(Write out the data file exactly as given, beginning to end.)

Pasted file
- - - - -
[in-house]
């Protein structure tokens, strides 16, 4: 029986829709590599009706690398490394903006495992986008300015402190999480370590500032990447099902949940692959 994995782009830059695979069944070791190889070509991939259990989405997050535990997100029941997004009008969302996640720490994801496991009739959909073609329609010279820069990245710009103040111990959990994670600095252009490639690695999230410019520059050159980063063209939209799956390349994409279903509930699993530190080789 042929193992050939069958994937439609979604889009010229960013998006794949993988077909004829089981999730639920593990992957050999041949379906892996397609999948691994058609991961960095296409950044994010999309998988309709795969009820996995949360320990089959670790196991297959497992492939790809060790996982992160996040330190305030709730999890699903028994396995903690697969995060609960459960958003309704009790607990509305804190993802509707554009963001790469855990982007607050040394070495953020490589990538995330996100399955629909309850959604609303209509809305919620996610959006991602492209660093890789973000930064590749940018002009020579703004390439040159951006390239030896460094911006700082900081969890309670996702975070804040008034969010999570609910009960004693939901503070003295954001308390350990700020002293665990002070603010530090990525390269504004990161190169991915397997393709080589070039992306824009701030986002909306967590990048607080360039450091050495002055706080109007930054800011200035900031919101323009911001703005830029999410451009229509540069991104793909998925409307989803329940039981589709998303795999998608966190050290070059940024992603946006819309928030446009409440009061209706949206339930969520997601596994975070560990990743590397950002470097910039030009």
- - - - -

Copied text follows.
[in-house]
């Protein structure tokens, strides 16, 4: 029986829709590599009706690398490394903006495992986008300015402190999480370590500032990447099902949940692959 994995782009830059695979069944070791190889070509991939259990989405997050535990997100029941997004009008969302996640720490994801496991009739959909073609329609010279820069990245710009103040111990959990994670600095252009490639690695999230410019520059050159980063063209939209799956390349994409279903509930699993530190080789 042929193992050939069958994937439609979604889009010229960013998006794949993988077909004829089981999730639920593990992957050999041949379906892996397609999948691994058609991961960095296409950044994010999309998988309709795969009820996995949360320990089959670790196991297959497992492939790809060790996982992160996040330190305030709730999890699903028994396995903690697969995060609960459960958003309704009790607990509305804190993802509707554009963001790469855990982007607050040394070495953020490589990538995330996100399955629909309850959604609303209509809305919620996610959006991602492209660093890789973000930064590749940018002009020579703004390439040159951006390239030896460094911006700082900081969890309670996702975070804040008034969010999570609910009960004693939901503070003295954001308390350990700020002293665990002070603010530090990525390269504004990161190169991915397997393709080589070039992306824009701030986002909306967590990048607080360039450091050495002055706080109007930054800011200035900031919101323009911001703005830029999410451009229509540069991104793909998925409307989803329940039981589709998303795999998608966190050290070059940024992603946006819309928030446009409440009061209706949206339930969520997601596994975070560990990743590397950002470097910039030009």